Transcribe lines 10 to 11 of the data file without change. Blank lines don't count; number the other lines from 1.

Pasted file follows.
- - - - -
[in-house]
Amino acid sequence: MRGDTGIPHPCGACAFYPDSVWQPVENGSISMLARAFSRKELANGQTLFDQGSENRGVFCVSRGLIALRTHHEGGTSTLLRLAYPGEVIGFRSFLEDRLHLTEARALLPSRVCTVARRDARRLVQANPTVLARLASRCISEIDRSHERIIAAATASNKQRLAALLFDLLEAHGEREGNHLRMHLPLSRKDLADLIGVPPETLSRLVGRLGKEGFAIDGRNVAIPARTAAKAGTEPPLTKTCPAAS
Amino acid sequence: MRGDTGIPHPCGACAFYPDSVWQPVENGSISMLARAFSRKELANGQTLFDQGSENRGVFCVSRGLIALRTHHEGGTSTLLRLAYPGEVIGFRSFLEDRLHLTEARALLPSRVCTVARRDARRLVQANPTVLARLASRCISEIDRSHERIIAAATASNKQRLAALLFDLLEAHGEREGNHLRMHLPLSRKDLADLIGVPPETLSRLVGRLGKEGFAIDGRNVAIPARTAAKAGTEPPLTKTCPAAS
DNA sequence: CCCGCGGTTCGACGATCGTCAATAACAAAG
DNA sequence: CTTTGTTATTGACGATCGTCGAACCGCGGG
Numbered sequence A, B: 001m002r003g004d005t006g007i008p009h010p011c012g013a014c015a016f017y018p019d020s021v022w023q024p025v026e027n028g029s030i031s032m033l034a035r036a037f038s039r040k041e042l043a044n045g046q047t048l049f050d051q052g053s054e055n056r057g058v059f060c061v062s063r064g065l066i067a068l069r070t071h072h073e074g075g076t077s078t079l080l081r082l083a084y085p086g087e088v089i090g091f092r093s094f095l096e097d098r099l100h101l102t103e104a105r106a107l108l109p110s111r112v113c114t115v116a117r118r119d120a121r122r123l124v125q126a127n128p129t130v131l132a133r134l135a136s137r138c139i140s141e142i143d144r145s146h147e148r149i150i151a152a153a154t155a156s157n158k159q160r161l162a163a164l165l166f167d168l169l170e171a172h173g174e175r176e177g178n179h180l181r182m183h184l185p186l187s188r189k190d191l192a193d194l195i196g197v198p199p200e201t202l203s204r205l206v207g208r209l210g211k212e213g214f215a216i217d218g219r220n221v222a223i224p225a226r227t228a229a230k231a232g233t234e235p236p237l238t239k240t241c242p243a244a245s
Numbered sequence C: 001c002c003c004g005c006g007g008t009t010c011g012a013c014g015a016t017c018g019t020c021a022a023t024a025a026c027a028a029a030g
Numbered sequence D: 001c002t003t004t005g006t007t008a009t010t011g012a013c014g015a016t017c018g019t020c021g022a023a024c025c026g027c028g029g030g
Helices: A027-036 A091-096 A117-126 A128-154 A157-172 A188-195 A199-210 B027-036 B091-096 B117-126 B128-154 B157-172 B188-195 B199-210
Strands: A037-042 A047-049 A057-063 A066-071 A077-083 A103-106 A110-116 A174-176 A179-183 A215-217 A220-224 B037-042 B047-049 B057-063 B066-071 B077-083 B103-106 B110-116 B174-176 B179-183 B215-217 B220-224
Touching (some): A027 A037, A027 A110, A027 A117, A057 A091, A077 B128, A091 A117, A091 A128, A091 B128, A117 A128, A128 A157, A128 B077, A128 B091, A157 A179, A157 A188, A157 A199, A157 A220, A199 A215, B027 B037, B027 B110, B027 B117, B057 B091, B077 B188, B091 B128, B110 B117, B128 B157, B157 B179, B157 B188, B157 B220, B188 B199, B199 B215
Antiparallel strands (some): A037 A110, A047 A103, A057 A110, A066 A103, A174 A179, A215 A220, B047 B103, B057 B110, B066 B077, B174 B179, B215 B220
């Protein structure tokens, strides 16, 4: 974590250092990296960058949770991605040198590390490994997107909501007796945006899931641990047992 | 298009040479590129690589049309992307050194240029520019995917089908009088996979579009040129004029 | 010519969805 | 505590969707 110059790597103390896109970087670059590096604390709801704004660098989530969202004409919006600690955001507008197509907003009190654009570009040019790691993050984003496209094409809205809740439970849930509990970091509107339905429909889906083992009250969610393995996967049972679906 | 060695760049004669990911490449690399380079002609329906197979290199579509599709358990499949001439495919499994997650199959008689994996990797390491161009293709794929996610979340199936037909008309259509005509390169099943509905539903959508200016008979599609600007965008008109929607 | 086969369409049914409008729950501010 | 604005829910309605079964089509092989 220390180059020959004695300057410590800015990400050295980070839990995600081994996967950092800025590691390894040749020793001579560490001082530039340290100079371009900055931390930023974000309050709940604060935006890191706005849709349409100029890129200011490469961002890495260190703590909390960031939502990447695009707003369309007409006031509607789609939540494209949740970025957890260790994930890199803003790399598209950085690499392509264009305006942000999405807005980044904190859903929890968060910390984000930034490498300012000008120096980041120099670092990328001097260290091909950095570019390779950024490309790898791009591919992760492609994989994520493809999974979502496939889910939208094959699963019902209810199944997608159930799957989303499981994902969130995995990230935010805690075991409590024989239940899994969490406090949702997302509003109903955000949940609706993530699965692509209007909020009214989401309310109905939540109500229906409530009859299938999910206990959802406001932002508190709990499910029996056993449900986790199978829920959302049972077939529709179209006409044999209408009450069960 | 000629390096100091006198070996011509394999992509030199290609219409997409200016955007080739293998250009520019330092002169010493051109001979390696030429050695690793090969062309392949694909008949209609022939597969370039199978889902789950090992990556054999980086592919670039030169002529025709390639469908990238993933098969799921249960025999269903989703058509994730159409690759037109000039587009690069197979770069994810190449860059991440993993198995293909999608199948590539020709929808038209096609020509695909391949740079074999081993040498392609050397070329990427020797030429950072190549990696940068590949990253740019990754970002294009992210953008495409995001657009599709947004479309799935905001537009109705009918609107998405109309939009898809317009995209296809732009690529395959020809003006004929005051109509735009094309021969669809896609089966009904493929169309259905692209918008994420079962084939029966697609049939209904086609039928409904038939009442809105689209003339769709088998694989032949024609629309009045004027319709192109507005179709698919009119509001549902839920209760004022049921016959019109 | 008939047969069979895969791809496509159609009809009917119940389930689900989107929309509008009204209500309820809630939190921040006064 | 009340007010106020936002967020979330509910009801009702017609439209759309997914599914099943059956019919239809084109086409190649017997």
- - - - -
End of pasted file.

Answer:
Strands: A037-042 A047-049 A057-063 A066-071 A077-083 A103-106 A110-116 A174-176 A179-183 A215-217 A220-224 B037-042 B047-049 B057-063 B066-071 B077-083 B103-106 B110-116 B174-176 B179-183 B215-217 B220-224
Touching (some): A027 A037, A027 A110, A027 A117, A057 A091, A077 B128, A091 A117, A091 A128, A091 B128, A117 A128, A128 A157, A128 B077, A128 B091, A157 A179, A157 A188, A157 A199, A157 A220, A199 A215, B027 B037, B027 B110, B027 B117, B057 B091, B077 B188, B091 B128, B110 B117, B128 B157, B157 B179, B157 B188, B157 B220, B188 B199, B199 B215